Right on the heels of the In re Apple mandamus decision which we summarized here, the Federal Circuit, again with Chief Judge Prost writing for the majority, grants another mandamus petition relating to transfer activity in the Western District of Texas.
In VLSI v. Intel, the district court had previously granted Intel’s motion to transfer the case from Waco to Austin. Over Intel’s objection, the district court ordered that if COVID restrictions prohibited the January 2020 trial from proceeding in Austin, the court would try the case in Waco.
The district court grounded its decision under (i) authority under Federal Rule of Civil Procedure 77(b) and (ii) the court’s inherent authority for docket management. The Federal Circuit held that “[n]either authority authorizes the order at issue, and so we grant Intel’s mandamus petition.”
The Federal Circuit held that “moving the trial from the Austin to Waco Division over Intel’s objection would be fundamentally inconsistent with the governing statutes.”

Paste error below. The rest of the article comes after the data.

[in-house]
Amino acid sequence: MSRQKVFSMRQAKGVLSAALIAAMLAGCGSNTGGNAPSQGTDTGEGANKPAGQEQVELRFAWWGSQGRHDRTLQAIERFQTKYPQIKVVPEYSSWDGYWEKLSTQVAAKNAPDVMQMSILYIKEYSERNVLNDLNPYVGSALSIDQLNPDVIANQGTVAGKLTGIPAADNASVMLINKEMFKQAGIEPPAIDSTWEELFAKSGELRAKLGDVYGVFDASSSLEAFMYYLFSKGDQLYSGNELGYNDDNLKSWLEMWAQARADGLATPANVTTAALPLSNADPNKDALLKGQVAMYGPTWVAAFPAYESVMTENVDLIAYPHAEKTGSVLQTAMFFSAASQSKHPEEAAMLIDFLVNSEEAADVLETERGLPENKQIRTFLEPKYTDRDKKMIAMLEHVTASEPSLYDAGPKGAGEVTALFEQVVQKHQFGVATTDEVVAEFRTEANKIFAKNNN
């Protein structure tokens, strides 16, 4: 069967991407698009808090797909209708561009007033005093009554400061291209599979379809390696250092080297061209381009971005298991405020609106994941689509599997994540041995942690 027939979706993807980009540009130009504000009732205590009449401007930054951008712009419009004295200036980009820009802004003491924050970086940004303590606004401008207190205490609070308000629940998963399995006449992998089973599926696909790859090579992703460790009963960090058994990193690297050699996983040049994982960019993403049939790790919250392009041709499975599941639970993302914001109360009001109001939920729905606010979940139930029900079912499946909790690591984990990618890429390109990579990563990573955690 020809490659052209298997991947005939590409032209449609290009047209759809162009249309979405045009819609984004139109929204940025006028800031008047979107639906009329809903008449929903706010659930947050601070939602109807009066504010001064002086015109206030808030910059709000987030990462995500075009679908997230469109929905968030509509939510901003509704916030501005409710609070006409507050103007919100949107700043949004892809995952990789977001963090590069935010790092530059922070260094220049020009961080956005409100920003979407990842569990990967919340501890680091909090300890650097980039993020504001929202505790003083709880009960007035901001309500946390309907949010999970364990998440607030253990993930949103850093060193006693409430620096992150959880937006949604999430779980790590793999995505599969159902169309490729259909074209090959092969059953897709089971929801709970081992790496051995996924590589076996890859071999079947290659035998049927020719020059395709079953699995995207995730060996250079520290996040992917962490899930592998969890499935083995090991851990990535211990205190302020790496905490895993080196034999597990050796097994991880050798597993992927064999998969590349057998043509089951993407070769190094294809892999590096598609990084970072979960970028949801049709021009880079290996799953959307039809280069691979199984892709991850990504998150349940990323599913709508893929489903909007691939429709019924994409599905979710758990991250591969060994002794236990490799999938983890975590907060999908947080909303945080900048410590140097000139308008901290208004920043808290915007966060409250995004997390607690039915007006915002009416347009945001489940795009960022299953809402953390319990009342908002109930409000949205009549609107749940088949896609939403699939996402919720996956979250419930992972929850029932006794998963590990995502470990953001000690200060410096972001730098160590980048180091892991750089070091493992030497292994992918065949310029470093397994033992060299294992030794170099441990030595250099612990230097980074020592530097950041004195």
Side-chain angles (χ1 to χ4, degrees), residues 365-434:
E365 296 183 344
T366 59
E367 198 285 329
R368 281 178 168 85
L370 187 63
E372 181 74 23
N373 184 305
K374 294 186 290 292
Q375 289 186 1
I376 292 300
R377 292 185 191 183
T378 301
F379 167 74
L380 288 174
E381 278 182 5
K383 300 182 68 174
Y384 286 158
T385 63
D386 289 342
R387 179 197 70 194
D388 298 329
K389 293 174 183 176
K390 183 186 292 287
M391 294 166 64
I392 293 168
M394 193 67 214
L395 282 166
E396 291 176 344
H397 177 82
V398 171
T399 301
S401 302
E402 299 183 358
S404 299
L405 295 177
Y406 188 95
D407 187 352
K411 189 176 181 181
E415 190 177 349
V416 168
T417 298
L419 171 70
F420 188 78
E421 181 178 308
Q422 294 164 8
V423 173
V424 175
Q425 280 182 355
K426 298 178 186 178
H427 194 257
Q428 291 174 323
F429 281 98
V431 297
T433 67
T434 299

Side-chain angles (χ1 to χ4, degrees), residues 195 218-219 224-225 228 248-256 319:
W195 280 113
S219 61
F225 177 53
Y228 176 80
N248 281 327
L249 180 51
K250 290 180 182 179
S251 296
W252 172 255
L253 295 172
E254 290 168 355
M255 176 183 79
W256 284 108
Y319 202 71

Relying on 28 U.S.C. § 124(d)(1) – which provides that “[c]ourt for the Austin Division shall be held in Austin” – the Federal Circuit held that “Intel generally has a ‘statutory right’ to have this case tried in the division in which the action lies.”
The decision leaves open that in the future the district court could transfer cases back to Waco from Austin, but only under a 28 U.S.C. § 1404(a) analysis and only the entire case, not just the trial.
More broadly, the Federal Circuit found no authority for the proposition that any district court could move a trial from one judicial division to another. Indeed, the Federal Circuit concluded by noting that:
“[W]e do not hold that the district court lacks the ability to effectuate holding trial in the Waco Division. We only hold that it must effectuate such result under appropriate statutory authority, such as moving the entire action to the Waco Division after concluding, based on the traditional factors bearing on a § 1404(a) analysis, that ‘unanticipated post-transfer events frustrated the original purpose for transfer’ of the case from Waco to Austin originally. . . . Such analysis should take into account the reasons of convenience that caused the earlier transfer to the Austin division” (citation omitted).
The decision is non-precedential. Given the unique circumstances of this case, the Federal Circuit’s order is unlikely to be particularly instructive regarding future cases.